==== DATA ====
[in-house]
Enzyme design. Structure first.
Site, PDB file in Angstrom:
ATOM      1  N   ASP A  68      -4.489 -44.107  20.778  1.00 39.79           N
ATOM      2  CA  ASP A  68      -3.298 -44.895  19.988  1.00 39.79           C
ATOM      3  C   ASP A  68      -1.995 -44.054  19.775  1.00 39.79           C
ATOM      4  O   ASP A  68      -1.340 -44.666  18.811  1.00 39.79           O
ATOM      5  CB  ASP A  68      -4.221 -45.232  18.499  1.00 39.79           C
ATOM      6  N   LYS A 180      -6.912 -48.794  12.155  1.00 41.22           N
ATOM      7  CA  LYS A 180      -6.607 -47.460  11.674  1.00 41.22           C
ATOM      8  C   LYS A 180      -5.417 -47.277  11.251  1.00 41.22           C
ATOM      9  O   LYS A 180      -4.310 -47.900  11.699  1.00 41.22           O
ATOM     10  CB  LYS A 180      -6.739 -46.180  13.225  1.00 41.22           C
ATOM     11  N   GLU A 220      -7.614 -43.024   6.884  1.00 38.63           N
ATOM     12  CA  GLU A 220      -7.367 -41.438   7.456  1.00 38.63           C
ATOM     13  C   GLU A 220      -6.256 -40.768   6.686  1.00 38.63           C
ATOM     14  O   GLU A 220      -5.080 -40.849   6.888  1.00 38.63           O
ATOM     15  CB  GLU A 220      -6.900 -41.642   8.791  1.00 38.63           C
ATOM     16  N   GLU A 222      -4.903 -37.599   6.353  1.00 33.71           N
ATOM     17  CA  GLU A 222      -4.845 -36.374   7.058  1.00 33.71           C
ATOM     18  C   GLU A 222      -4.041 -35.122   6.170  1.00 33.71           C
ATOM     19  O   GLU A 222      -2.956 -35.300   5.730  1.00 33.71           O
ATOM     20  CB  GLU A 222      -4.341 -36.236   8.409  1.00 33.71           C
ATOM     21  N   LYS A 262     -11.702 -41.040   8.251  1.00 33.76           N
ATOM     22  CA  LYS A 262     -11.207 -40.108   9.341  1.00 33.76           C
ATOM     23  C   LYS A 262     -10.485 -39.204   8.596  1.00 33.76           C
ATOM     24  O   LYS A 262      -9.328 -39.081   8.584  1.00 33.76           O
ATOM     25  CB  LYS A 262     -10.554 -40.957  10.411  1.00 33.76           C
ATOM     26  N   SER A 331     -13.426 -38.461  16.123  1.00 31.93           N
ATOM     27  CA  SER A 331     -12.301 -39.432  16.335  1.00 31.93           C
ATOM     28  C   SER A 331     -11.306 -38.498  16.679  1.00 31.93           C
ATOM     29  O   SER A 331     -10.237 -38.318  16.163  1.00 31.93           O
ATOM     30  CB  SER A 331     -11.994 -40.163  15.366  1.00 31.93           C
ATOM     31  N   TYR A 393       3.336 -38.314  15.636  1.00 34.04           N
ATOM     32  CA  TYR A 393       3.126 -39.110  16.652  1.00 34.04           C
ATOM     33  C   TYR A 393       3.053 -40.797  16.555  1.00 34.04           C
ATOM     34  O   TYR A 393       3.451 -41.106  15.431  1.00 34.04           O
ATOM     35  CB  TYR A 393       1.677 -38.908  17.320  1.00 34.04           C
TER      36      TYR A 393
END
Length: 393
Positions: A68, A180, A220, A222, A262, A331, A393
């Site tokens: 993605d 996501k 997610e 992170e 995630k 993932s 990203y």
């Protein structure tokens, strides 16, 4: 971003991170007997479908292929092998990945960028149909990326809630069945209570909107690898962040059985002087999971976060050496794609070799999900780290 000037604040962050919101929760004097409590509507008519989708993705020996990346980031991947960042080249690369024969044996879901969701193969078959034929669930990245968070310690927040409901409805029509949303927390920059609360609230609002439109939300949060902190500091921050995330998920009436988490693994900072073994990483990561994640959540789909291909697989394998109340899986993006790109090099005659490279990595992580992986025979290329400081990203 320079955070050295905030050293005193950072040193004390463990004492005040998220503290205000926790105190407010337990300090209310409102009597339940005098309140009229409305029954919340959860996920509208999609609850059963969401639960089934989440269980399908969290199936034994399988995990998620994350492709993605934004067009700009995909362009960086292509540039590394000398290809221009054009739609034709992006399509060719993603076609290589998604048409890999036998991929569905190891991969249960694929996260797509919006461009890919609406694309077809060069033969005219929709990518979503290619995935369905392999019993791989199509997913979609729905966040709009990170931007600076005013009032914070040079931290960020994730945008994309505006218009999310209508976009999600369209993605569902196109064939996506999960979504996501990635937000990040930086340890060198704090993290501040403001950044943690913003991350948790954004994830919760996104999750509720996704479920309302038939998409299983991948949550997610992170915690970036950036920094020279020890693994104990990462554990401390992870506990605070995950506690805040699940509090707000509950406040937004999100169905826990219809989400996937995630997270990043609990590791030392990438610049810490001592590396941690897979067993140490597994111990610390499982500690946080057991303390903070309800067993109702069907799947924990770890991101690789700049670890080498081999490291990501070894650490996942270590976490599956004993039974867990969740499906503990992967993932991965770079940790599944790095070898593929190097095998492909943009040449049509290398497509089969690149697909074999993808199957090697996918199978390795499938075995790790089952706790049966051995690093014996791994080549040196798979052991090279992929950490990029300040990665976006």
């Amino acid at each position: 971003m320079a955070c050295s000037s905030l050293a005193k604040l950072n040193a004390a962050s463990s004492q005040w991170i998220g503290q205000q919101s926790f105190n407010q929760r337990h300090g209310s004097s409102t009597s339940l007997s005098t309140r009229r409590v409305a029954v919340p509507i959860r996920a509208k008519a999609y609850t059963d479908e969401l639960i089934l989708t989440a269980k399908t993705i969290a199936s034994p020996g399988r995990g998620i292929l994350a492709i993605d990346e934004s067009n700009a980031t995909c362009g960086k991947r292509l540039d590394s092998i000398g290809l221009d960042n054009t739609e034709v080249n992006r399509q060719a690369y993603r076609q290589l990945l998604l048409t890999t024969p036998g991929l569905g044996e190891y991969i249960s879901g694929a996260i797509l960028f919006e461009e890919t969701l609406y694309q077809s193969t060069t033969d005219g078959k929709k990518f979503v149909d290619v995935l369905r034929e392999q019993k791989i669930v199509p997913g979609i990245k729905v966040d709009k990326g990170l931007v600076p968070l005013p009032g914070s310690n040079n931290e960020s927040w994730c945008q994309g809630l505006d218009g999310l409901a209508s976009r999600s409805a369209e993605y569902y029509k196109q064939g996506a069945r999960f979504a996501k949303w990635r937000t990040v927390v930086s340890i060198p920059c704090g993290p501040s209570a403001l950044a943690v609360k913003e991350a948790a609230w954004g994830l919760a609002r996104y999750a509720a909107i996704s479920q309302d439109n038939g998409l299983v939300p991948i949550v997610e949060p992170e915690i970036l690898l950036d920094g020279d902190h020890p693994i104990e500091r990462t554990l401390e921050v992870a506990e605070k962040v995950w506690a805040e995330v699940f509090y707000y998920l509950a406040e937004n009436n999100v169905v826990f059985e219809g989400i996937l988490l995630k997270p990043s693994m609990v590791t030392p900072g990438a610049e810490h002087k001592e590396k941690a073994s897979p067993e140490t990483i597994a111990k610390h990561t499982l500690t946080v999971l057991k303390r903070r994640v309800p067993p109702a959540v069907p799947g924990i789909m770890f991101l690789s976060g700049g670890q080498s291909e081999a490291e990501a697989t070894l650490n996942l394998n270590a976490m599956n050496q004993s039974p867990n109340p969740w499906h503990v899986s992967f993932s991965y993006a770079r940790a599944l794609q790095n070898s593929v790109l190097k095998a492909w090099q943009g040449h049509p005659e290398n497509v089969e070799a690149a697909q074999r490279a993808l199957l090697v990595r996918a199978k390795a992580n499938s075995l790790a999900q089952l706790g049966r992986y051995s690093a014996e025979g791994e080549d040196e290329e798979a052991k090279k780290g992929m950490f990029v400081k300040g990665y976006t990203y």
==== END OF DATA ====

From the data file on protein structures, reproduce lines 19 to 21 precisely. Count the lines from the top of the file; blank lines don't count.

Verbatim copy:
ATOM     16  N   GLU A 222      -4.903 -37.599   6.353  1.00 33.71           N
ATOM     17  CA  GLU A 222      -4.845 -36.374   7.058  1.00 33.71           C
ATOM     18  C   GLU A 222      -4.041 -35.122   6.170  1.00 33.71           C